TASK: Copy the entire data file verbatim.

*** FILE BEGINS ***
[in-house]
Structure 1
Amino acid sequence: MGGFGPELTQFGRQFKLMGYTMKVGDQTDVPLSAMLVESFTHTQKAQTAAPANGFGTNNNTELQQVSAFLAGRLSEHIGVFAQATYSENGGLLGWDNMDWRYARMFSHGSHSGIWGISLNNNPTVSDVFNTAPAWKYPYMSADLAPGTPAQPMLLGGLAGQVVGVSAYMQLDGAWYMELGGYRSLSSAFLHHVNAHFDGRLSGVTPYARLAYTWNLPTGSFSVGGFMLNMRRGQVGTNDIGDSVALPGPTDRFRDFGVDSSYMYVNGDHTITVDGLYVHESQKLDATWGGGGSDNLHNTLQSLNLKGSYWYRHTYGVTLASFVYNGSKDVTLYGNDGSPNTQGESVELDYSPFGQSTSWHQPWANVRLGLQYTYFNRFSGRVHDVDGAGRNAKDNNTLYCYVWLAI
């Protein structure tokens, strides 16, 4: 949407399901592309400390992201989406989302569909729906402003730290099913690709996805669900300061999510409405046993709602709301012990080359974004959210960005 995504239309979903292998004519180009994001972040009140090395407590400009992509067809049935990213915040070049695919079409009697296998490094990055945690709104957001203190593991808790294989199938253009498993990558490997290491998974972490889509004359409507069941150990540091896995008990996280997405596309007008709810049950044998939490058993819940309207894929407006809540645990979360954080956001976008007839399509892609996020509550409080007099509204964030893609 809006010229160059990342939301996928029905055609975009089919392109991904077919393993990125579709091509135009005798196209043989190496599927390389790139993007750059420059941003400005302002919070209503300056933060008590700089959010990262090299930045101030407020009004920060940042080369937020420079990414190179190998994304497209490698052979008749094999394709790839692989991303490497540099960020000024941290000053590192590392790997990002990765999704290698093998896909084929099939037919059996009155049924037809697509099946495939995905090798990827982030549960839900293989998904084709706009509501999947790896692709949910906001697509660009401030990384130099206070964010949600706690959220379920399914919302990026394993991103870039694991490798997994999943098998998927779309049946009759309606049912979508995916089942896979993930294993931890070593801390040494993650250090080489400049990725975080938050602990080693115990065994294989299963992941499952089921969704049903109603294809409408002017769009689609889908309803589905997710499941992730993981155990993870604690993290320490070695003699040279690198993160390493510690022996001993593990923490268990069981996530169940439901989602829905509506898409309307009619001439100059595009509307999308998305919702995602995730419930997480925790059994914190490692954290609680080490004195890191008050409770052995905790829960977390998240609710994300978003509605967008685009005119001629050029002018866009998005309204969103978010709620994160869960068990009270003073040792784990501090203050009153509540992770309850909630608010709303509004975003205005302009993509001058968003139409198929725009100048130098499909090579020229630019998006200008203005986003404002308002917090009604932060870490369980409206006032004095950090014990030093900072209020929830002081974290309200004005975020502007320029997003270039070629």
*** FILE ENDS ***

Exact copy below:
[in-house]
Structure 1
Amino acid sequence: MGGFGPELTQFGRQFKLMGYTMKVGDQTDVPLSAMLVESFTHTQKAQTAAPANGFGTNNNTELQQVSAFLAGRLSEHIGVFAQATYSENGGLLGWDNMDWRYARMFSHGSHSGIWGISLNNNPTVSDVFNTAPAWKYPYMSADLAPGTPAQPMLLGGLAGQVVGVSAYMQLDGAWYMELGGYRSLSSAFLHHVNAHFDGRLSGVTPYARLAYTWNLPTGSFSVGGFMLNMRRGQVGTNDIGDSVALPGPTDRFRDFGVDSSYMYVNGDHTITVDGLYVHESQKLDATWGGGGSDNLHNTLQSLNLKGSYWYRHTYGVTLASFVYNGSKDVTLYGNDGSPNTQGESVELDYSPFGQSTSWHQPWANVRLGLQYTYFNRFSGRVHDVDGAGRNAKDNNTLYCYVWLAI
């Protein structure tokens, strides 16, 4: 949407399901592309400390992201989406989302569909729906402003730290099913690709996805669900300061999510409405046993709602709301012990080359974004959210960005 995504239309979903292998004519180009994001972040009140090395407590400009992509067809049935990213915040070049695919079409009697296998490094990055945690709104957001203190593991808790294989199938253009498993990558490997290491998974972490889509004359409507069941150990540091896995008990996280997405596309007008709810049950044998939490058993819940309207894929407006809540645990979360954080956001976008007839399509892609996020509550409080007099509204964030893609 809006010229160059990342939301996928029905055609975009089919392109991904077919393993990125579709091509135009005798196209043989190496599927390389790139993007750059420059941003400005302002919070209503300056933060008590700089959010990262090299930045101030407020009004920060940042080369937020420079990414190179190998994304497209490698052979008749094999394709790839692989991303490497540099960020000024941290000053590192590392790997990002990765999704290698093998896909084929099939037919059996009155049924037809697509099946495939995905090798990827982030549960839900293989998904084709706009509501999947790896692709949910906001697509660009401030990384130099206070964010949600706690959220379920399914919302990026394993991103870039694991490798997994999943098998998927779309049946009759309606049912979508995916089942896979993930294993931890070593801390040494993650250090080489400049990725975080938050602990080693115990065994294989299963992941499952089921969704049903109603294809409408002017769009689609889908309803589905997710499941992730993981155990993870604690993290320490070695003699040279690198993160390493510690022996001993593990923490268990069981996530169940439901989602829905509506898409309307009619001439100059595009509307999308998305919702995602995730419930997480925790059994914190490692954290609680080490004195890191008050409770052995905790829960977390998240609710994300978003509605967008685009005119001629050029002018866009998005309204969103978010709620994160869960068990009270003073040792784990501090203050009153509540992770309850909630608010709303509004975003205005302009993509001058968003139409198929725009100048130098499909090579020229630019998006200008203005986003404002308002917090009604932060870490369980409206006032004095950090014990030093900072209020929830002081974290309200004005975020502007320029997003270039070629």